2020 CONTINUES TO LOOK REALLY GOOD, SAFETY WISE, WITH ONLY 2 ACCIDENTS SO FAR INVOLVING FATALITIES. IRONICALLY, BOTH FATALITIES WERE PASSENGERS IN THE AIRCRAFT, ALTHOUGH THE ONE PASSENGER IN THE HELICOPTER CRASH WAS A CERTIFIED PILOT, BUT NOT ARIZONA-BASED. WE DID, HOWEVER, LOSE AN ARIZONA-BASED PILOT AND HIS FAMILY IN A FATAL CRASH UP IN NEVADA IN
Because of the virus pandemic we are going through, it looks like this is again going to be a rather brief report from a news standpoint. It seems like everything is still in somewhat of a standby mode. There are a few aviation meetings that are becoming somewhat active again by going to virtual meetings on the web. These type of meetings are good, but they certainly
We’re close. As Arizona moves forward with reopening the state and businesses respond by springing back to life, we look forward to burning 100LL and spending time with fellow aviators. After all, this is one of the main reasons we fly.
As much as I’ve dry run emergency procedures in my head, flipped through the FAR/AIM (not a terribly dry read, by the way), and
The following are the NTSB reports of aviation accidents that occurred in Arizona from April through late May. APA will use this detailed accident information to develop safety programs, briefings, and posters/flyers to help pilots learn from the mistakes being made by others and take the action necessary to prevent them from having similar accidents.
By Howard Deevers
A student of mine went to Ryan Airport for his Private Pilot check ride. The date was 9/11/2001. He arrived for his appointment at 8 AM sharp, and by 9 AM Tucson Time, we all knew of the airplanes that flew into the buildings in New York. The airspace was shut down by the National Security Council. All airplanes were instructed to land as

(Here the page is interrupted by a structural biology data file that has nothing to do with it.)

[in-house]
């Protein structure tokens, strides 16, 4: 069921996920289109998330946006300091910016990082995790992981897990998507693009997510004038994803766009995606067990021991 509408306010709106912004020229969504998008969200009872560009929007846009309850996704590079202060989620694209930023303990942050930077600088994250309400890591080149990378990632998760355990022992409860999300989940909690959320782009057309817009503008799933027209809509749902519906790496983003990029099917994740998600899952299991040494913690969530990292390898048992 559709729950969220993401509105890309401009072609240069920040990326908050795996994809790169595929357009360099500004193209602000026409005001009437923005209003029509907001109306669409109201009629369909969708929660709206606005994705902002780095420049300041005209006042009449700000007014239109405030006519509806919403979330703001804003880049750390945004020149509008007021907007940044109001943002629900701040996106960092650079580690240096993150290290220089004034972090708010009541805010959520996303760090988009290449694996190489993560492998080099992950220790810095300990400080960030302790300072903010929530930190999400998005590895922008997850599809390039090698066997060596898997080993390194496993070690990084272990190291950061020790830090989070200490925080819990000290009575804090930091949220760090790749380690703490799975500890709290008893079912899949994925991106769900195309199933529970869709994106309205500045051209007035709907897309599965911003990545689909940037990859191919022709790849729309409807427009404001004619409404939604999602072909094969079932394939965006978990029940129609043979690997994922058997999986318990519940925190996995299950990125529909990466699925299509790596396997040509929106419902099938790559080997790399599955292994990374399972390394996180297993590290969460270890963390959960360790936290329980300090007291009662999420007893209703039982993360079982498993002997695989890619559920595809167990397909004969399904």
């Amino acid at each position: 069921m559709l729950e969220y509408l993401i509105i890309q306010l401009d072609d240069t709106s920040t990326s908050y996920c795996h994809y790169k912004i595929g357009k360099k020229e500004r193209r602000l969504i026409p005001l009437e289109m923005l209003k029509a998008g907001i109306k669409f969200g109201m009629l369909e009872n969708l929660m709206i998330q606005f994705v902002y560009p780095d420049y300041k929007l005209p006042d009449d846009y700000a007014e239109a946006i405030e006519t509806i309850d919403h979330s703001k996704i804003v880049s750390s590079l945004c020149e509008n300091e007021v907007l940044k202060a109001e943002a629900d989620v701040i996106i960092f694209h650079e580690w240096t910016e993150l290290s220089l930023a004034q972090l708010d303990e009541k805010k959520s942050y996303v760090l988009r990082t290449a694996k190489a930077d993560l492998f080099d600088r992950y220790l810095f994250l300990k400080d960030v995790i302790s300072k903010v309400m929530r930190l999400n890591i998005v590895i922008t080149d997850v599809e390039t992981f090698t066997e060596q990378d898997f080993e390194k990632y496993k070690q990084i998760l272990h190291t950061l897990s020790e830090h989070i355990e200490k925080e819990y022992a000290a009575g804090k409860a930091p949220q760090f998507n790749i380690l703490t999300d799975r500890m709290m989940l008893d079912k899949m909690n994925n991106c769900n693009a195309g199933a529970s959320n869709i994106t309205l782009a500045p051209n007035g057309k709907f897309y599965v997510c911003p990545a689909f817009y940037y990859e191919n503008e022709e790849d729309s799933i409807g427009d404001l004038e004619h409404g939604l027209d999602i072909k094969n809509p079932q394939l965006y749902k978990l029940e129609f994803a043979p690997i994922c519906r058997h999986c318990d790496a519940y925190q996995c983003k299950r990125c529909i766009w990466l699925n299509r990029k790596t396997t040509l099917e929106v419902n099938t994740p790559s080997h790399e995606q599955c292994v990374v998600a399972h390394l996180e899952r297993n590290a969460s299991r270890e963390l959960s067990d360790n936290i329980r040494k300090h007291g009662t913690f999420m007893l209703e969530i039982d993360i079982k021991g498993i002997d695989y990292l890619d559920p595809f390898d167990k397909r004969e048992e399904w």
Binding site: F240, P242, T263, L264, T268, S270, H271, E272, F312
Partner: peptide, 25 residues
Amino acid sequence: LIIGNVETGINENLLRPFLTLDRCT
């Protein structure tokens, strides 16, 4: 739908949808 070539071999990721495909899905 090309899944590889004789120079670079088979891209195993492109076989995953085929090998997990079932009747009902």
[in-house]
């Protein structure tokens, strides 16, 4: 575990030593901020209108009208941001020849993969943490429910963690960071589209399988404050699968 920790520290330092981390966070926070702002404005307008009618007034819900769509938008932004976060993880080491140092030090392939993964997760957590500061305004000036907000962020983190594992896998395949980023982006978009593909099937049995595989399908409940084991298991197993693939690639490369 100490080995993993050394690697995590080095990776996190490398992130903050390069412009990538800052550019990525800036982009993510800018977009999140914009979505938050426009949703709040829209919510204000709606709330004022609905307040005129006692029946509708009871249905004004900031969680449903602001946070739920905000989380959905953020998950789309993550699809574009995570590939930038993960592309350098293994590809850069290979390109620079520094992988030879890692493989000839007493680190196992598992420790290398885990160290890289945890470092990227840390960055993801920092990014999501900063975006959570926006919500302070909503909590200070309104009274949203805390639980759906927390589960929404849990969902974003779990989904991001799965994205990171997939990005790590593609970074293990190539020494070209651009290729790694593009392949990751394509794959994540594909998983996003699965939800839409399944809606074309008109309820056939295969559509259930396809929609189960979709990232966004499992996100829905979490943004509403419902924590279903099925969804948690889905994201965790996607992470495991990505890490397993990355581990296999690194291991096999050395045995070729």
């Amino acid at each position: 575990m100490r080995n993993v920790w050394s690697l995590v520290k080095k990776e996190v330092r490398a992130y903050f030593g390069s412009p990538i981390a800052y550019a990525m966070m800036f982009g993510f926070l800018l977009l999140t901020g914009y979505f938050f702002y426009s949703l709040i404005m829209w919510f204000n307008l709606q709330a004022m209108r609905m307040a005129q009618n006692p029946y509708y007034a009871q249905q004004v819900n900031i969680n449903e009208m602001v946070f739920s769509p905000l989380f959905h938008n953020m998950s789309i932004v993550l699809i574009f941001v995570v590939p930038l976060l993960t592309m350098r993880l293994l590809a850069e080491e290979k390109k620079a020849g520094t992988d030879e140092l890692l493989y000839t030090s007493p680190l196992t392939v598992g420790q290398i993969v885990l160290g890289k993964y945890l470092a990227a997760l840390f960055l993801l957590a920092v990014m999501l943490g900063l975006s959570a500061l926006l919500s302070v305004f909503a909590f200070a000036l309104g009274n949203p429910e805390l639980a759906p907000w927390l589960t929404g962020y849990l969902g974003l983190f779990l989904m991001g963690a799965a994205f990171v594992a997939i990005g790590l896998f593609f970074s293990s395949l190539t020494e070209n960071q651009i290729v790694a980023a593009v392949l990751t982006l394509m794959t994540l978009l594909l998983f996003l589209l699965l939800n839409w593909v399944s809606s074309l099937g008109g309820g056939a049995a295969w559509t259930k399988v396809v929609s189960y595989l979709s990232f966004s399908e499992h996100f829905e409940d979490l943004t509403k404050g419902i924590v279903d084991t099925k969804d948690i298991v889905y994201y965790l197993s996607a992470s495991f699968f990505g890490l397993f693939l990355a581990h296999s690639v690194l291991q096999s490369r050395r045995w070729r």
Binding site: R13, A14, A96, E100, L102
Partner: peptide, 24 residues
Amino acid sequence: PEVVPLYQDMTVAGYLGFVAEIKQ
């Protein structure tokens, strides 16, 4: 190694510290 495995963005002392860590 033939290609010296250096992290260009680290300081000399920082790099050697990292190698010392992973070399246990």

~ Scholarship Corner ~
By Chris Nugent
As I mentioned in last month’s Scholarship Corner article, we will be taking a more in-depth look at each of our 2019 scholarship winners. I think you will agree that they are well deserving of the APA scholarship awards and will be great ambassadors for general aviation in Arizona.
2020 TO DATE:
As you know, our safety record for 2019 was the best it has been in the 10 years I have been tracking it. And, as I stated in last month’s issue, 2020 started off almost exactly like 2019, with a crash in which a passenger was fatality injured, but the pilot survived.
On Friday, April 24, while watching the local Phoenix news, I saw the report of the
I fear that this month’s report is going to be a rather short one. Because of the Coronavirus pandemic crisis, the FAA offices are shut down, and all aviation related meetings have been canceled; everything seems to have come to a halt. We have all been advised to stay home and venture out for essential purposes only, and when we are out, to maintain social distance
At the time of this writing, we're still deep in the midst of quarantine, political and economic uncertainty, and a lot of unknowns on every side. It's a tough time for many of us, with loss of work, family members afflicted, suddenly becoming teachers, and the vast array of change to nearly every aspect of our lives. One thing that hasn't changed is my love for
The following are the NTSB reports of aviation accidents that occurred in Arizona from March through late April. APA uses this detailed accident information to develop safety programs, briefings, and flyers that help pilots learn from the mistakes being made by others, and take the action necessary to prevent them from having similar accidents.
Aviation safety in the